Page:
Today Zerigo, a major DNS provider, went offline for an extended vacation.
It's going on 10 hours since they've gone down and their status page and Twitter haven't been updated in over two hours. Does this make me happy as a customer? (NO, NO IT DOES NOT AT ALL — ed.)
Long-term success comes from making customer relationships the HIGHEST priority. I'd even place it one peg higher than actually fixing the problem. Of course the problem needs to be fixed, and right quick! But unless the problem is truly a "one minute fix," sending information to the customers should be the very first thing that an Ops team does!
"The site's down, I don't know why"This is what's running through your customer's mind. All it takes is ONE tweet, one update to the status page: "Hey, we know this is down! We're on it and will let you know what's up ASAP." In the absence of that tiny scrap of information customers are left with… vague uncertainty, and the seeds of distrust.
Don't let that distrust grow for even a second—tell the customer NOW what's going on and fix it as soon as possible. If it takes longer than 10–15 minutes to fix, update customers again so they know what's happening. Keep updating them until the problem's completely fixed!
Communicate ConsistentlyThis is something we try very hard to do at my current workplace. We have businesses relying on us for their main revenue source, and we necessarily take downtime very seriously.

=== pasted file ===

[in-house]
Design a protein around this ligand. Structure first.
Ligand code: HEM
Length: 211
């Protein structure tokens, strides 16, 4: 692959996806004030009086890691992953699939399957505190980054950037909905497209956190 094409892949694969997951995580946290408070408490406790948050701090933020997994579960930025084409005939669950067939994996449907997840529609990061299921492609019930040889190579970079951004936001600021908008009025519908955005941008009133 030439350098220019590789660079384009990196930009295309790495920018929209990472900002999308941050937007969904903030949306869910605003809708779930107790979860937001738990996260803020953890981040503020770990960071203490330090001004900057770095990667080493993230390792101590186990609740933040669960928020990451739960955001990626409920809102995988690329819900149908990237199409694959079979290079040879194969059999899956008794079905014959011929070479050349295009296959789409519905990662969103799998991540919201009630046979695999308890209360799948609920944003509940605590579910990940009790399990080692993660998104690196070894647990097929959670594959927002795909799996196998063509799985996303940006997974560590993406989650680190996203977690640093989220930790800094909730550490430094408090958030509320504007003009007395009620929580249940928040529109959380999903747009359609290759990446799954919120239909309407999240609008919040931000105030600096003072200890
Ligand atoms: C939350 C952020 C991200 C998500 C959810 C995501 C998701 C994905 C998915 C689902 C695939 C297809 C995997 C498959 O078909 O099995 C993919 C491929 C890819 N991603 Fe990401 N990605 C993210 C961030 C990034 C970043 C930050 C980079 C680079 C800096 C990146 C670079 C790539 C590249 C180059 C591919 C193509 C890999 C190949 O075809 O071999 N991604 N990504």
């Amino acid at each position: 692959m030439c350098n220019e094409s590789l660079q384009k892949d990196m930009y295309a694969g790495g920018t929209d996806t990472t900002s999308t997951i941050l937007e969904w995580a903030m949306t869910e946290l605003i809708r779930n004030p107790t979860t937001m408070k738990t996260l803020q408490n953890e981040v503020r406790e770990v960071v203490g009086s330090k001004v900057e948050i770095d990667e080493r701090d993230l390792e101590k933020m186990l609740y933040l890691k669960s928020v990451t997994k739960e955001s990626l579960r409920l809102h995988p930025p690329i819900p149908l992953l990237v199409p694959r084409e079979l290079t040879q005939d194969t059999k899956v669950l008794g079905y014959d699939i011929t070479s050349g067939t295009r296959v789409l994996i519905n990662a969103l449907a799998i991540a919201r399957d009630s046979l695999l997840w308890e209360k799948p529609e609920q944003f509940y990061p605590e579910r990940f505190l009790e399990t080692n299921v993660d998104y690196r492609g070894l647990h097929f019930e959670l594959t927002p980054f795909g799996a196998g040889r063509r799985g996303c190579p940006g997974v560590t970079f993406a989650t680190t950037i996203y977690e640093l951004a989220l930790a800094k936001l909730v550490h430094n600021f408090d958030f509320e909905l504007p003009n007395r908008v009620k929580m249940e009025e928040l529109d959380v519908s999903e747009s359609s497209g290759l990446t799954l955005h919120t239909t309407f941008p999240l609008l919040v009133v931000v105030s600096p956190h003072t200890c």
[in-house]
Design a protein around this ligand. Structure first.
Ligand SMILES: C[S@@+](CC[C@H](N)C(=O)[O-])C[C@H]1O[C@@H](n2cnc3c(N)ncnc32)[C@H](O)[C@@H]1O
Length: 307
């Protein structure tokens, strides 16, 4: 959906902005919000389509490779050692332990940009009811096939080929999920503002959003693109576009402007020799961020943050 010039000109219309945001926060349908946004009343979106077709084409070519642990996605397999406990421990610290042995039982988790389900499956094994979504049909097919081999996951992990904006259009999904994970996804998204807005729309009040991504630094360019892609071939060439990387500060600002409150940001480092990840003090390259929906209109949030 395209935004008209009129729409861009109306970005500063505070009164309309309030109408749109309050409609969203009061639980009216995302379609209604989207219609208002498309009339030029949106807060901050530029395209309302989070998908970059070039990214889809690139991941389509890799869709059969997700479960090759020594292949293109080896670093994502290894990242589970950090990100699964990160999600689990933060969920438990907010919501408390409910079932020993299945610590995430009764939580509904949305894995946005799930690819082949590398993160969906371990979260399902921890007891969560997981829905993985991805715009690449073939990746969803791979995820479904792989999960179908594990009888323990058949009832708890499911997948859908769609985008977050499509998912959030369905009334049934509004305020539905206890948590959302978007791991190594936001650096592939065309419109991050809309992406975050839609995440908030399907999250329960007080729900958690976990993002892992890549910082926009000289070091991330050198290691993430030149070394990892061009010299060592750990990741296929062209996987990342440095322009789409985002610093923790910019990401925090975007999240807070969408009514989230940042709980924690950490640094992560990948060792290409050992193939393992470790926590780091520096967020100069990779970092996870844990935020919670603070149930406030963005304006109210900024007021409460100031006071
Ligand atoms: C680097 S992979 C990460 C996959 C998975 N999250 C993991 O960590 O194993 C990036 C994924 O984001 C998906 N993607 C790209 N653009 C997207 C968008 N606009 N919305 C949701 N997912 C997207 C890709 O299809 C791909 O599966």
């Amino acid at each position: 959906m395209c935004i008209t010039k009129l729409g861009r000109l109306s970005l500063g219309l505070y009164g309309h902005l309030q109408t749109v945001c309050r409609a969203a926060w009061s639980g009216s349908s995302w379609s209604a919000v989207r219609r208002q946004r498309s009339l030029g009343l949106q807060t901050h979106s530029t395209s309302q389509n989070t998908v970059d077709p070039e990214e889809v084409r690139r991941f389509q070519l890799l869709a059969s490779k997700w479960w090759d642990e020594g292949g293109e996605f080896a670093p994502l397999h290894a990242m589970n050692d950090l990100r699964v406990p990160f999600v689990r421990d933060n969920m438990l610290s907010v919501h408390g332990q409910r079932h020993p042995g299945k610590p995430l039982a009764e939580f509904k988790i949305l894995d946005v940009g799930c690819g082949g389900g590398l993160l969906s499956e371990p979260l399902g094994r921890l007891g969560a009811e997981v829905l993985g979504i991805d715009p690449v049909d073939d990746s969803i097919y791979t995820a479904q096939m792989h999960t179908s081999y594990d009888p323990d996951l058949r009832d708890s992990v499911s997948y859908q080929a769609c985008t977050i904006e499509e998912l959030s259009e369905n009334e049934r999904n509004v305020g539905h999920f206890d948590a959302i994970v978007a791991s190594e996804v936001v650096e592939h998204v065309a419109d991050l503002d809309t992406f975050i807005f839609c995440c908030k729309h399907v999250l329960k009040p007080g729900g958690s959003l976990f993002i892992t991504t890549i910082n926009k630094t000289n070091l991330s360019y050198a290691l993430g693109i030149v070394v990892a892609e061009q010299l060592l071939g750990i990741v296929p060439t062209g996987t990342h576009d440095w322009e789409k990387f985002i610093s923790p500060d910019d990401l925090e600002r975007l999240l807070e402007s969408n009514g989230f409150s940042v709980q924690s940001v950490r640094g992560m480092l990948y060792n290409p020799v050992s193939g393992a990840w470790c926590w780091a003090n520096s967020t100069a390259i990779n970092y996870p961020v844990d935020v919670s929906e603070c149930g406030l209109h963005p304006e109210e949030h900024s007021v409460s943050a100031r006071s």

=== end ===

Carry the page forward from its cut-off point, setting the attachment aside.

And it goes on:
But we still let the customer know what's happening—almost as soon as we know it ourselves! This means working together as a team, planning in advance, and having tools and systems in place to make this kind of communication as easy as possible.
"Tell the customer first" is the opposite of usual Ops behavior—when downtime hits, updating the status page is the LAST thing that's usually thought of. FIRST, put out the fire, then update status and Twitter when the flames die back. If you were quick enough, maybe no one noticed the downtime and you don't have to update at all!
What's the problem with this approach? It's utterly invisible to the customer. The customer is indeed well served by a quick resolution to the problem.
But what if it's not quick? And what about the 100 people that DID notice during that "one minute" that aren't going to email you demanding explanation? How many will simply go elsewhere?
Empower your OpsThis is why Ops teams should have access to your company's Twitter feed. This is why you need a status page. Posting to these things should be as low-friction as possible. This is why you need a culture of sharing critical information with customers as soon as you're made aware of it.
Customers can forgive downtime, even extended downtimes, so long as there's a good explanation, a sincere apology, and steps taken to ensure that it won't happen again. Communication goes a long way toward keeping good will, and I'd rather err on the side of over-communication than leave people scratching their heads, gnashing their teeth, and pounding their keyboards in frustration.